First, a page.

Posted: Sept. 29, 2007


By Celia Cohen
Grapevine Political Writer

In a rush to get a campaign going, the Delaware Republicans decided Saturday that their candidate for a special legislative election will be Joanne M. Christian, who is the president of the Appoquinimink school board.

Christian will run against state Rep. Bruce C. Ennis, the Democratic candidate who has been in place since Wednesday, for the right to replace state Sen. James T. Vaughn Sr., a Democrat who resigned for health reasons after 27 years representing a district that spans New Castle County and Kent County.

The election has not been scheduled yet but is expected to be held in early November. It will not alter the political control of the state Senate, where the Democrats have a 13-8 majority.

Christian was selected by a search committee that met for the first and only time Saturday as the Republicans hurried to catch up to the Democrats and what looks like a suspiciously early start.

Everything fell in place on Wednesday for the Democrats as Vaughn's resignation, effective Friday, was announced a matter of hours before the party held a previously scheduled meeting and emerged with Ennis as its choice.

"It was an insider deal," said state Sen. Charles L. Copeland, the Republican minority leader.

Not that the Democrats needed another advantage. The district's registration favors them, and Ennis is a 25-year veteran legislator reminiscent of Vaughn as another laconic retired state trooper from the Kent County side of the district. Ennis also brings Vaughn's endorsement.

In Christian, a 48-year-old Townsend resident, the Republicans chose someone they anticipate will appeal to the fast-growing New Castle County side.

"Head of the school board, lifelong Delawarean, five kids, nursing degree, we're talking about someone who is a pillar of the community. When you look at Joanne Christian and what her background is and how that lines up across the district, she was the choice of the committee," Copeland said.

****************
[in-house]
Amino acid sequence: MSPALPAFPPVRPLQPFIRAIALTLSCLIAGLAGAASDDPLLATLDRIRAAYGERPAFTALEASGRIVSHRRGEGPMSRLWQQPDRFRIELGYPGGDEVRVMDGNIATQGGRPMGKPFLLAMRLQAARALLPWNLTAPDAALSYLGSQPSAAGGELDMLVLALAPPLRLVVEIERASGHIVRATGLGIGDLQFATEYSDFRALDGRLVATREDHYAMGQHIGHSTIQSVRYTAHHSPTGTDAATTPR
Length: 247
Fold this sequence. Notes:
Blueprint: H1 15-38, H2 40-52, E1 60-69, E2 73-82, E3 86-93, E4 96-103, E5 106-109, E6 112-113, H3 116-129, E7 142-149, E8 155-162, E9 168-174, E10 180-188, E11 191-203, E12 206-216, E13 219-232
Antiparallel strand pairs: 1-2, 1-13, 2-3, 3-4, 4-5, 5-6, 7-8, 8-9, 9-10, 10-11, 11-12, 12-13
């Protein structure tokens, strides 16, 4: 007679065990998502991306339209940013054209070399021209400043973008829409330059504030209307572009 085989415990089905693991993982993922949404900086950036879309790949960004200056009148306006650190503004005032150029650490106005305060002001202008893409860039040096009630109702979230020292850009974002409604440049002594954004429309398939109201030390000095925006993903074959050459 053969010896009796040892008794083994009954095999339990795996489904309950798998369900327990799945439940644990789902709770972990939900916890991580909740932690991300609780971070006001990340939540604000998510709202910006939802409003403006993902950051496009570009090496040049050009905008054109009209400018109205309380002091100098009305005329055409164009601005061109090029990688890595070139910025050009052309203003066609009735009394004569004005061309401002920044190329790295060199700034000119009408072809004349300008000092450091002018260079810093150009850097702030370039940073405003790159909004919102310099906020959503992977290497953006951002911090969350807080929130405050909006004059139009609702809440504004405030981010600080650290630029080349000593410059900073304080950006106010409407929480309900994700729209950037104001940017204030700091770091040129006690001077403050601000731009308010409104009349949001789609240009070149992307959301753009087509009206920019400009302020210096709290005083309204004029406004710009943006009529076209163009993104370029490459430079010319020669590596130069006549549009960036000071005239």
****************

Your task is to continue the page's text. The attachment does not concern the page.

That choice riled John Feroce, one of three other applicants interviewed by the search committee. Feroce was the Republican candidate in 2006 in a three-way race in which Vaughn polled 59 percent of the vote, even though he was too sick to campaign, Feroce received 34 percent and a minor-party candidate 7 percent.

Feroce, who was so eager to run that he flew back from a wedding in Florida for the search committee's session, charged that bad blood with Copeland cost him his chance. Copeland was a member of the committee.

Feroce slammed Copeland as someone who advanced by eliminating Republican rivals, taking out state Sen. J. Dallas Winslow Jr. in a primary and Sen. John C. Still III for minority leader, and who did not want Feroce in the caucus.

"Charlie and I do not like each other," Feroce said. "Charlie's only succeeded in stopping other Republicans, and this is another indication. I never bought into all that talk, but now this happens."

Terry A. Strine, the Republican state chair, defended the committee's decision. "Joanne is a force in the community," he said. "It was on open process. It was handled in a collegial fashion. I don't think anyone is owed anything."

Feroce said he will be resigning immediately as an officer in local Republican organizations, but it does not mean he is finished with politics or perhaps even in trying to influence how the Republican campaign fares in this age of minor parties and write-in candidacies.

"Maybe there's another way for ballot access," Feroce said.